231 posts • joined 20 Dec 2010
Re: Too good to be true...
Ouch indeed, if true, but the Campaign Description says (also quoted in the article):
100% of the proceeds will be offered to security researchers. Any leftover funds will be passed on to the OpenSSL Software Foundation. Bugcrowd will administer the bounty at it's [sic] own expense.
Tragedy of the Commons
Yet offering even this limited free service has been an increasingly heavy burden for Dyn, Hitchcock wrote, in no small part because abuse of its free service by spammers, botnets, and other miscreants often leads to retaliations that also affect its paying customers.
So the tragedy of the commons continues, relentlessly. If there's some small part of the Internet to be exploited by scumbags, bottom feeders and fucktards, fuck it over they will.
Re: I'm not sure what to make of that analogy.
Peanut butter and Marmite is the way to go.
Let's do nothing and see where we are in 1,000 years' time.
Re: Get a life...
Wow, you're not wrong.
13:00: Experts say currents in the area are generally moving in a north-easterly direction, at about 24 knots a day, but different objects can drift at different speeds, according to the Washington Post.
Who are these clods?
I started school in the 1950s and I was never taught about poles – inches, feet, yards and miles were all we needed. Who are these people, so attached to this mediæval unit? Get with the plan, people, and use units everyone understands. That means square metres.
It had wheels, which you can see in the photo. They were remote controlled by Snowden. OK?
Re: Stay tuned...
@ JahBless - The report about MYSTIC was from the Washington Post, not directly from Snowden.
I'm sure James Clapper will explain everything, then we can all quit worrying.
Re: A few notes.
And he didn't only put the technical bits together. He sold the idea to management and got people to actually use his invention.
There's been a perennial so-called "skills shortage" for the last 50 years. And the CBI have done... what? since they were formed in 1965?
They got their IPv6 site working then?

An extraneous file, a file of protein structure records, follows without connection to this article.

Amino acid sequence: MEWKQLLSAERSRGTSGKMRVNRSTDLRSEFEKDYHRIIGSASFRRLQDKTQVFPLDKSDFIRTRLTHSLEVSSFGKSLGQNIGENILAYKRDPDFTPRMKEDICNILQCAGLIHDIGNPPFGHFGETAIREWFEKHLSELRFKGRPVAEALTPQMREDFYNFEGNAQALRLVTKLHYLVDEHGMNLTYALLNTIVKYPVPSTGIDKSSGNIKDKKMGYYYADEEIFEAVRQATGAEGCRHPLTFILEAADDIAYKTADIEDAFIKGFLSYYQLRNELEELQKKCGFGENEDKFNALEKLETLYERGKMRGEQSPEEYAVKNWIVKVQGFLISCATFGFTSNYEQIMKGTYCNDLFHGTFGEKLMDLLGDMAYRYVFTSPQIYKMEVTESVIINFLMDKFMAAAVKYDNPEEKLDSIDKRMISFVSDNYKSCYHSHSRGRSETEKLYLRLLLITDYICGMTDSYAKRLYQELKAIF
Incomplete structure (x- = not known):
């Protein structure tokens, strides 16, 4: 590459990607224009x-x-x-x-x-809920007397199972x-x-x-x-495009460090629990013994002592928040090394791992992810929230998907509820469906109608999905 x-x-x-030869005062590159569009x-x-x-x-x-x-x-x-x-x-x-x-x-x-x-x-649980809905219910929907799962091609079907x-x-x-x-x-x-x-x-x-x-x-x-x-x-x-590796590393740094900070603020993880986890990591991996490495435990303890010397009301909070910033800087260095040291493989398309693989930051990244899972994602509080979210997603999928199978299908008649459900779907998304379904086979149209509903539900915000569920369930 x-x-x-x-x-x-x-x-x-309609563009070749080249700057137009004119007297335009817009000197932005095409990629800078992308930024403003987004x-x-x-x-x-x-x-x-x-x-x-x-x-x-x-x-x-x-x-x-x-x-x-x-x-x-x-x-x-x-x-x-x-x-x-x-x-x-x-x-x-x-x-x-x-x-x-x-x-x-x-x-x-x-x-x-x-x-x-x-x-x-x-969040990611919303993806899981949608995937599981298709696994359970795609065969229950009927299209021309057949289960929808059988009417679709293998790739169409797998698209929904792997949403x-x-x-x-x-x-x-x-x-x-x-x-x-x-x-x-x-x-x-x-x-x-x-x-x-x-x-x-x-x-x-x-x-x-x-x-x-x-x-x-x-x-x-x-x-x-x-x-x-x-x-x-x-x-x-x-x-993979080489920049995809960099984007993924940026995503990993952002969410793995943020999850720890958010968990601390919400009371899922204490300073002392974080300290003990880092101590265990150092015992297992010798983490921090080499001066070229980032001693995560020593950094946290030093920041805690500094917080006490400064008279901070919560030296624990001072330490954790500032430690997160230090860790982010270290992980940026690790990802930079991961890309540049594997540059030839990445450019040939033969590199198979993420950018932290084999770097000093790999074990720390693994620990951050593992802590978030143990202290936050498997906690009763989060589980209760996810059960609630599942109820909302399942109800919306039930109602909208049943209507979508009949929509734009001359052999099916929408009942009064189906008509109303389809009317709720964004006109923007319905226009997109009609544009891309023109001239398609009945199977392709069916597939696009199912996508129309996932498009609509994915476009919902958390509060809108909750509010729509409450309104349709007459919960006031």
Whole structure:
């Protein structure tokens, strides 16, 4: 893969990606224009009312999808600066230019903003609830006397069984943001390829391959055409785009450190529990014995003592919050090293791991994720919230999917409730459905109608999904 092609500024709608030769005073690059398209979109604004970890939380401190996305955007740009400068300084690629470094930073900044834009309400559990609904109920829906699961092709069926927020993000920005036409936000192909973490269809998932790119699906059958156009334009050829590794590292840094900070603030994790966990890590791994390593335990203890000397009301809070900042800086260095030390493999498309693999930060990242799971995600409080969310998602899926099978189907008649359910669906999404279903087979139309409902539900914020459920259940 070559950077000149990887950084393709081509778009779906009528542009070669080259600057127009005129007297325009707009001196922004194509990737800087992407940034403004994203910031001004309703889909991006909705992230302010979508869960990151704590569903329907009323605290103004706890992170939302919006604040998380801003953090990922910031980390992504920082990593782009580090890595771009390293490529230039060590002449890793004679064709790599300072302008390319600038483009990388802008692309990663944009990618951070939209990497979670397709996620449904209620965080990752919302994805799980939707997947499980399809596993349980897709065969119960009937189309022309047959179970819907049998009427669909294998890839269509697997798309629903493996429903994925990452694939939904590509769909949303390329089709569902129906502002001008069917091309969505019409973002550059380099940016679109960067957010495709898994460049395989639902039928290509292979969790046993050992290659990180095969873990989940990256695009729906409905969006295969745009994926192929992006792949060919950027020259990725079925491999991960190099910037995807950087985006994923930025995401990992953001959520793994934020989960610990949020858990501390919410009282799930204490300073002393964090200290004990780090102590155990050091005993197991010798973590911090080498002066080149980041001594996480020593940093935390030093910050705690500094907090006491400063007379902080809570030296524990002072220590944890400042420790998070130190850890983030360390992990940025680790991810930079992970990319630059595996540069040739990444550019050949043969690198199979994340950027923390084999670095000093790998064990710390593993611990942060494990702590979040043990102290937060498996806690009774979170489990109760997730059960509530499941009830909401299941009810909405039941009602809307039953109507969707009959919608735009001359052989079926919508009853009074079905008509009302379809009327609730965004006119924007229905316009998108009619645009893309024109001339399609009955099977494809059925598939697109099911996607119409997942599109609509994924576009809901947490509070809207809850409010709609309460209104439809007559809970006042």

Last time I looked, a couple of years ago, accessing www.bt.com over IPv6 it just hung.
Re: Why does anything identifiable need to leave the GP?
@James Turner - I don't doubt what you say is true, but I haven't seen this explanation before, least of all on any NHS/HSCIC Web page, and I've been reading quite a few recently.
They'll have to get a lot more open and honest before they're getting my data.
III Communication ??
I had to copy the headline into a terminal window (one with a serif font) to work it out.
"Ill communication". Capital I, double lower-case L.
Oh, I see, it's a pun.
Re: Sad, sad, sad.
I'm sure they're very well aware of the shitstorm. The story's all over: The Independent yesterday, local papers, IT Web sites (apart from the venerable Reg, of course), etc. Google "Tony Carroll Bletchley", for instance.
Initially, a wireless room was established at Bletchley Park. It was set up in the mansion's water tower and given the code name "Station X", a term now sometimes applied to the codebreaking efforts at Bletchley as a whole. The "X" denotes the Roman numeral "ten", as this was the tenth such station to be opened by the Secret Intelligence Service. Due to the long radio aerials stretching from the wireless room, the radio station was moved from Bletchley Park to nearby Whaddon Hall to avoid drawing attention to the site.
This agrees with what I was told on a tour some years ago, in the late '90s maybe.
Bletchley Park was also home to the radio listening station called Station X for the first part of the war. Do they still mention that on the NuTours?
Re: Bletchley Park plan to “cull old and infirm”
Re: Its much worse than any of the stories have told so far